“I just want to make something clear: it’s very important, vaccine or no vaccine, we’re back,” he said.
Trump pointed to America’s resilience in the 1918 Spanish flu and the long-term immunity that was born from it.
“You fight through it, and people sometimes, I guess we don’t know exactly yet, but it looks like you become immune, at least for a short while and maybe for life.”
The president also expressed optimism that coronavirus will, at some point, “go away,” contradicting the World Health Organization’s suggestion that it “may never go away,” as reported by The Guardian.
“It may flare up, and it may not flare up,” Trump said. “We’ll have to see what happens, but if it doesn’t flare up, we’ll have to put out the fire.”
Trump and members of the coronavirus task force notably did not wear masks at the press conference. When pressed by CNN about the decision, the president pointed to the testing they all underwent prior to the event and their adherence to social distancing recommendations.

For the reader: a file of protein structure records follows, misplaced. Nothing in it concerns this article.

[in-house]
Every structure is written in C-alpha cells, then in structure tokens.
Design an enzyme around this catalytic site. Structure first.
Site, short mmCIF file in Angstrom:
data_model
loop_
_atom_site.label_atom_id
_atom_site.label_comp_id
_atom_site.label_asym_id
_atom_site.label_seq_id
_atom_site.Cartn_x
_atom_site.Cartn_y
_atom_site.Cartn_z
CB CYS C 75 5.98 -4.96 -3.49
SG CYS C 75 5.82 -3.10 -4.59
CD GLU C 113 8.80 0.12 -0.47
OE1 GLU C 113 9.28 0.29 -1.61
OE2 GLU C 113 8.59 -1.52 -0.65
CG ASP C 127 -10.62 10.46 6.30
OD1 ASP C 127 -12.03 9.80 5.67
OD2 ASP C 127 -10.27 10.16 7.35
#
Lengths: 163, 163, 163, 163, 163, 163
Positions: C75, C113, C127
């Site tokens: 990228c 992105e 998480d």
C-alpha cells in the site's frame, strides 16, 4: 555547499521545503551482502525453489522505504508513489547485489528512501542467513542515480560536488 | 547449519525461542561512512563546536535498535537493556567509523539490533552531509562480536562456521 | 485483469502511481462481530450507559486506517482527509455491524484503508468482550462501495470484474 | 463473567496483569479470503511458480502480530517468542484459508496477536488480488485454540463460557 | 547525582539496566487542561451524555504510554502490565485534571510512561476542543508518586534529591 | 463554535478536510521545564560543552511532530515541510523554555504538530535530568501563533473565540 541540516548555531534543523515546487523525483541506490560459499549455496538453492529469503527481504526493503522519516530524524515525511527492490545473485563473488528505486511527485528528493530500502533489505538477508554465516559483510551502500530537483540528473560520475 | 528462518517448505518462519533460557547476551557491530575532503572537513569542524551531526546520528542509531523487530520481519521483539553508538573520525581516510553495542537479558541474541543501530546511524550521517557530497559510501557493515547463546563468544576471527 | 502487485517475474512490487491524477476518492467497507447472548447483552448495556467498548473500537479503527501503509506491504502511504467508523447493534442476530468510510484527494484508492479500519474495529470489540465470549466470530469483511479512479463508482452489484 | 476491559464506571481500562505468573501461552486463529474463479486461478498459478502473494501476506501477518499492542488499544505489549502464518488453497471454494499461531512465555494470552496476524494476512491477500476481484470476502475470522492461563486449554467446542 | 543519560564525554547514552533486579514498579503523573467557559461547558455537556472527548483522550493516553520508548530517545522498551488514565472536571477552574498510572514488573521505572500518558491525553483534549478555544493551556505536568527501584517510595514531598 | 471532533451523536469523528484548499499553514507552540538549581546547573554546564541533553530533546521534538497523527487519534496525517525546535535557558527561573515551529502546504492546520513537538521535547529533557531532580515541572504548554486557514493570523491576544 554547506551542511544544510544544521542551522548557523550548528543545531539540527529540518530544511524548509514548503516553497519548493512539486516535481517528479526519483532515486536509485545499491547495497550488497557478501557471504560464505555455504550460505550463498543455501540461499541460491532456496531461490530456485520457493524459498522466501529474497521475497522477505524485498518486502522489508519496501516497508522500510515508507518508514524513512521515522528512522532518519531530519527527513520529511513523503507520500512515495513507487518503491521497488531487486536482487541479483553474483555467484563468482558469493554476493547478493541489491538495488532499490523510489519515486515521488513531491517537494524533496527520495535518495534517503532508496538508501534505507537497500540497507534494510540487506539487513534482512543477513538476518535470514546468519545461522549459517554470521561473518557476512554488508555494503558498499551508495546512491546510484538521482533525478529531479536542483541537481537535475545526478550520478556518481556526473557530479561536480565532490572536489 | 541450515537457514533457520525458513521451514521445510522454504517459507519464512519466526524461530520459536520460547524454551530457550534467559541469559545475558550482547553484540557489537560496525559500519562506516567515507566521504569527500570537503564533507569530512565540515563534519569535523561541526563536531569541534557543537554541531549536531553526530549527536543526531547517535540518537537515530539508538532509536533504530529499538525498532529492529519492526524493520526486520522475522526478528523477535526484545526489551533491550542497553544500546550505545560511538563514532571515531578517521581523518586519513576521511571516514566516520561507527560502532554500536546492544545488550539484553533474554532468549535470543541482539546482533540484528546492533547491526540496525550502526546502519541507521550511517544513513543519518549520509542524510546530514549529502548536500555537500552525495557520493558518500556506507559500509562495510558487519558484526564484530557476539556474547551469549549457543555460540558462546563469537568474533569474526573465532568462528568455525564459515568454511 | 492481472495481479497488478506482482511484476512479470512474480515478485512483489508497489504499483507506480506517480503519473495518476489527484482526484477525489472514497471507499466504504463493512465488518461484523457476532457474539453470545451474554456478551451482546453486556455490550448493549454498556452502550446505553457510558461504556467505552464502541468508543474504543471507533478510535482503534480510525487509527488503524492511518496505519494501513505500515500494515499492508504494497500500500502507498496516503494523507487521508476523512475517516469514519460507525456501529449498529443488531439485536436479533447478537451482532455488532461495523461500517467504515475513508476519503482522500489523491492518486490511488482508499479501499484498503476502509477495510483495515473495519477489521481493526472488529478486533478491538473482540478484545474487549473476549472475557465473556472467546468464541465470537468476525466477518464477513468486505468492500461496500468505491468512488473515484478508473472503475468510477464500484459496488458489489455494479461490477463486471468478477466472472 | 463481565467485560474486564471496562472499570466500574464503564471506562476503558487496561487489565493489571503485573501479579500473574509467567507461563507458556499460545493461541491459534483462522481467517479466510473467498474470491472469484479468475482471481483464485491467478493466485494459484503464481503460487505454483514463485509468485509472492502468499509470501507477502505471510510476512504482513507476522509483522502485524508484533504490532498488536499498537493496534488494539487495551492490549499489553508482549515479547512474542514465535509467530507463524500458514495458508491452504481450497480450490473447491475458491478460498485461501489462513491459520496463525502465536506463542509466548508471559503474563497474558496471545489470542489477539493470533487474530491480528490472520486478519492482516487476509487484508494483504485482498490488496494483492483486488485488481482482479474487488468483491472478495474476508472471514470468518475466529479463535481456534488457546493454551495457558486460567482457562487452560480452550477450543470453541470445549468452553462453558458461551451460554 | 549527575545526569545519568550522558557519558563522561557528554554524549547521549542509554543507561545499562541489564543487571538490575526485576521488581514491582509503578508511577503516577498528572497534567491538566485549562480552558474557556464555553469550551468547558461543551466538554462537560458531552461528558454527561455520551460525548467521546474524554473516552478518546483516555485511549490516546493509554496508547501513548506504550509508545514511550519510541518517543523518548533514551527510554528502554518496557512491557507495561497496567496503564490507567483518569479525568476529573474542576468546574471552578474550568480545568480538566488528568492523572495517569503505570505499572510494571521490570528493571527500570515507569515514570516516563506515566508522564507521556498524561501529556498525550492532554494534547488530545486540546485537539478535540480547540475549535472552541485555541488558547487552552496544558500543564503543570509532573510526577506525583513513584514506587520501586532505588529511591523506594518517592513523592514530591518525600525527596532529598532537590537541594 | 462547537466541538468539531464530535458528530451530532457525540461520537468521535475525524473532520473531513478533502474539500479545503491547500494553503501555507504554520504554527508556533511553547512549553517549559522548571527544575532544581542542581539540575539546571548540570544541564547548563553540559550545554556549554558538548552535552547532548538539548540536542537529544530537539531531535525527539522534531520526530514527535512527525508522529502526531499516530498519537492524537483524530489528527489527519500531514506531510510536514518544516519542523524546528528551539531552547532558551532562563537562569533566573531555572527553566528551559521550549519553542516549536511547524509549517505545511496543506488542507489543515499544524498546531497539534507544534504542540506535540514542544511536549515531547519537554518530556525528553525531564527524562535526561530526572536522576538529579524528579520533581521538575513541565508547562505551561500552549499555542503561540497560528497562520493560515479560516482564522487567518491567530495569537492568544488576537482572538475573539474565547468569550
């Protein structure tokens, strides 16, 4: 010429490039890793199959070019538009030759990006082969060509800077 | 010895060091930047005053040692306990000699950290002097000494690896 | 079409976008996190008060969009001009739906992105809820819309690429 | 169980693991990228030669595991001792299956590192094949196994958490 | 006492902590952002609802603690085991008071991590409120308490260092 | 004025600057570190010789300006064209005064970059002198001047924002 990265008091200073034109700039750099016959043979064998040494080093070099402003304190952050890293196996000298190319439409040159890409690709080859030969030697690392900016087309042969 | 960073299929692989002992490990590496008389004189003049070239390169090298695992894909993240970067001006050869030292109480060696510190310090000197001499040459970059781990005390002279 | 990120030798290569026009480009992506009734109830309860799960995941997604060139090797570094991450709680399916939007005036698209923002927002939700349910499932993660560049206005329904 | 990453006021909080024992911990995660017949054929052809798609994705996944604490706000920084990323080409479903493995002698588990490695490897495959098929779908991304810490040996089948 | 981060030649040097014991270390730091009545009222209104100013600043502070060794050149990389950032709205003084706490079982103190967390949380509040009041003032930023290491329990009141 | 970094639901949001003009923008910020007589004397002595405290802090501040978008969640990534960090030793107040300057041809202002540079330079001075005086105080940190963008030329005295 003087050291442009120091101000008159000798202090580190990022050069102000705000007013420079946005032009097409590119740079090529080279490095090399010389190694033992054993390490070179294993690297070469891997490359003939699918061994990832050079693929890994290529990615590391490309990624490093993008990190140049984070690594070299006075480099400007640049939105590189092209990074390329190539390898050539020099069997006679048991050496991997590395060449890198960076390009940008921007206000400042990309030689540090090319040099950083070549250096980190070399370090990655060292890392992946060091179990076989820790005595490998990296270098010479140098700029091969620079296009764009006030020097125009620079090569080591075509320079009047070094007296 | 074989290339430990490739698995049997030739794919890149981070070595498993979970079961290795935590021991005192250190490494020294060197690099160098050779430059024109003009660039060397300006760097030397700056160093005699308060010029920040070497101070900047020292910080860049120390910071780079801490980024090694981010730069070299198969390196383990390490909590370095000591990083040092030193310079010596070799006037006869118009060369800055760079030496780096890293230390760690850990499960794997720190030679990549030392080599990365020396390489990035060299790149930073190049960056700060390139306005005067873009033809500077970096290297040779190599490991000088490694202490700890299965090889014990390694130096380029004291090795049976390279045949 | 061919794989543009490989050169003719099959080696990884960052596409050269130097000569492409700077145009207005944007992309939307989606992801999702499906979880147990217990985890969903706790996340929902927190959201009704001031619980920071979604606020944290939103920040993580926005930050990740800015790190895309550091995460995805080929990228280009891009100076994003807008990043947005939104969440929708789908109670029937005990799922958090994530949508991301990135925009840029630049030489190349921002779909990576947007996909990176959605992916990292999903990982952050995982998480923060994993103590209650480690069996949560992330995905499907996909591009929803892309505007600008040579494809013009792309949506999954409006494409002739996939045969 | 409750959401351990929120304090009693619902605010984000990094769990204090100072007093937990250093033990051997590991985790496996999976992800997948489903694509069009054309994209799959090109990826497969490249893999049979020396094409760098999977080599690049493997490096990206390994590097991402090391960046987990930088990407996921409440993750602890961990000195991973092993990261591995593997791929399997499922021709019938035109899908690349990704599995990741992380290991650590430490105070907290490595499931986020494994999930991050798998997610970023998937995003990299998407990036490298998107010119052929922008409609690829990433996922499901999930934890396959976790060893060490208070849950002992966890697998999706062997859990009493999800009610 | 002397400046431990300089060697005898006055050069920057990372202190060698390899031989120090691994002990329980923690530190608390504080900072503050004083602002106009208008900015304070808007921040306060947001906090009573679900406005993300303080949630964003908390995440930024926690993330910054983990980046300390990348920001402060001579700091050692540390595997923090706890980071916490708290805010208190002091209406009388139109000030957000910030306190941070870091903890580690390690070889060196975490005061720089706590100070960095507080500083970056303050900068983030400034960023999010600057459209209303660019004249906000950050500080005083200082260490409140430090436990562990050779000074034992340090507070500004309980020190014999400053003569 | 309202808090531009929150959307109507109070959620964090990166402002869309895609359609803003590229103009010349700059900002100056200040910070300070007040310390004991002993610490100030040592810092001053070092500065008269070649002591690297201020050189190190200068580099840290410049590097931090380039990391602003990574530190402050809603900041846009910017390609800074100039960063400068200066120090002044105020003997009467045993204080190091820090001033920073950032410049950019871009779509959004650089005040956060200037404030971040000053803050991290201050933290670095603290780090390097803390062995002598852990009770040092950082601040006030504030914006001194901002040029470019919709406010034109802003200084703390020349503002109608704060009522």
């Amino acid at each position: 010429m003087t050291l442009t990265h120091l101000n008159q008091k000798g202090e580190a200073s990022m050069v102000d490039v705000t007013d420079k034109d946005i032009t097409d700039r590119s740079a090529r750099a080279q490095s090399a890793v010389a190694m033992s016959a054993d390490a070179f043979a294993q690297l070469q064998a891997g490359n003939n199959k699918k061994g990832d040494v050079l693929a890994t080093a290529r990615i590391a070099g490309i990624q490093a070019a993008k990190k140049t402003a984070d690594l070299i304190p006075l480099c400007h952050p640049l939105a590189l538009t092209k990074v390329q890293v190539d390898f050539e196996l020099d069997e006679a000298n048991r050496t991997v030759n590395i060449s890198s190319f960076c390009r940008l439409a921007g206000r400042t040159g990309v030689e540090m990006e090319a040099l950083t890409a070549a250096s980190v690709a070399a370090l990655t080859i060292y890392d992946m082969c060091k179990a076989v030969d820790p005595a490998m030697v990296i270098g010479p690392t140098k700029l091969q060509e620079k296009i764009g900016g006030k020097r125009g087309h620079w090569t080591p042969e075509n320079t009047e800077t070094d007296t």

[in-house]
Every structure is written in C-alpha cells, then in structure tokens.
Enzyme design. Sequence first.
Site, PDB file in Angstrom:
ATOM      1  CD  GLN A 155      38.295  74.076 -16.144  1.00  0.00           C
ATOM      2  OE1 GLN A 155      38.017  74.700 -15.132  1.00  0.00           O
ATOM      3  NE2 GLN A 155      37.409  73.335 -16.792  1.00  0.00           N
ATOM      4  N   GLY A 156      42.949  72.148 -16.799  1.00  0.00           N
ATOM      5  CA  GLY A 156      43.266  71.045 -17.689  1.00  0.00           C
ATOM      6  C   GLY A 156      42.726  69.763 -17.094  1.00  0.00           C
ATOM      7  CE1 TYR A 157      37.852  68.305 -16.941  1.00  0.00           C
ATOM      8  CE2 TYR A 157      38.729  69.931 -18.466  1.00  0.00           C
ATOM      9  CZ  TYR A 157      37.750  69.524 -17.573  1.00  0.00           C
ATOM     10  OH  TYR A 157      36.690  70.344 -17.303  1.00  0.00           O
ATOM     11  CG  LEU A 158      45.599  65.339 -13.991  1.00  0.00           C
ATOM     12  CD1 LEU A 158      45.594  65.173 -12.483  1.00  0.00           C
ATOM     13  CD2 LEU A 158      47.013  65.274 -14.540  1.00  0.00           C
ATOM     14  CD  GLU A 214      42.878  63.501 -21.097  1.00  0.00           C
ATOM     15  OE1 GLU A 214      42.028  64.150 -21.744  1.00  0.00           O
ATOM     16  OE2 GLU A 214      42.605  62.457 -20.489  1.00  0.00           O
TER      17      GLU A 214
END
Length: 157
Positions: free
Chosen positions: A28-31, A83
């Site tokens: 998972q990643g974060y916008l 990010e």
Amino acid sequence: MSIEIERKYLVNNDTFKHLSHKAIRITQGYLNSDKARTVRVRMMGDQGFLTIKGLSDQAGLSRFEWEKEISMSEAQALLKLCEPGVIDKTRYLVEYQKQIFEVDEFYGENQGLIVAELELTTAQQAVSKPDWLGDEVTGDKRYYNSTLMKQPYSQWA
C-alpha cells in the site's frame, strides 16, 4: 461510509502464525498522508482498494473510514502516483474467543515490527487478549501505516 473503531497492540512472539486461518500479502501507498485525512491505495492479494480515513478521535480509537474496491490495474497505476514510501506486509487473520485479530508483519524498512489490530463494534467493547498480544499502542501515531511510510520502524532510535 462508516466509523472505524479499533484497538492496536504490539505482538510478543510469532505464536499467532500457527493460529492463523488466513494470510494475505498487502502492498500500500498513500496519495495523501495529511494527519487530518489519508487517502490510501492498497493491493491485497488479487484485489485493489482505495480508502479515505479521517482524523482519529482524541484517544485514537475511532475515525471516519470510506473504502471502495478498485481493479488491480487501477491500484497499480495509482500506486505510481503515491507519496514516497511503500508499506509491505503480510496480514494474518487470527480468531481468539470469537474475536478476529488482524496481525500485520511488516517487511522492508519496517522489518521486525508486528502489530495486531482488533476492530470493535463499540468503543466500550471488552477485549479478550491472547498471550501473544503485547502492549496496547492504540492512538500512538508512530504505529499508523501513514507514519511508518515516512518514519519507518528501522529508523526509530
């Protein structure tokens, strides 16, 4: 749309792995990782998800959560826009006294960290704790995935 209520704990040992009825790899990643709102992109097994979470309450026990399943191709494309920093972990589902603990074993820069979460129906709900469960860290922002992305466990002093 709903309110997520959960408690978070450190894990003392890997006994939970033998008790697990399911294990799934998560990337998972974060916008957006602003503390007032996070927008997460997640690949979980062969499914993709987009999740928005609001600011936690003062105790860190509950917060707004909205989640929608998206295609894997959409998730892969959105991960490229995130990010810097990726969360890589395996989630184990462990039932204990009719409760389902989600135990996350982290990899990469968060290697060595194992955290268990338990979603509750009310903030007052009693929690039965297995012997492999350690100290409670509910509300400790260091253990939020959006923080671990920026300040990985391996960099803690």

“We’re outdoors, so I told them, I gave them the option, they can wear it or not,” he said.
TRUMP: “Vaccine or no Vaccine, we’re back.” pic.twitter.com/KlWIdAtOiC
— Benny (@bennyjohnson) May 15, 2020
While Trump appears optimistic about his plans to fast-track vaccine development, a project dubbed Operation Warp Speed, not all public health experts are on board. According to Vox, a COVID-19 vaccine may take longer than the predicted 12 to 18 months.
Although the publication noted that it’s possible development will happen sooner than this timeframe, it also highlighted the possibility that it will be longer. In particular, some experts caution that the 12- to 18-month timeframe may be “optimistic,” especially considering that the previous vaccine record was four years.
Dr. Amesh Adalja, a senior scholar at the Johns Hopkins Center for Health Security, called the current timeline “very ambitious.” In addition, Kendall Hoyt, a vaccine and biosecurity expert at Dartmouth, suggested that such a schedule is only possible without any problems in the process.
Vox also noted that it’s possible that, like pathogens like HIV and malaria, there will never be a coronavirus vaccine. Furthermore, the creation of a vaccine must be followed by research on its safety and efficacy. Failure to account for possible safety issues could not only harm the American public, but provide anti-vaccination advocates with ammunition for their cause.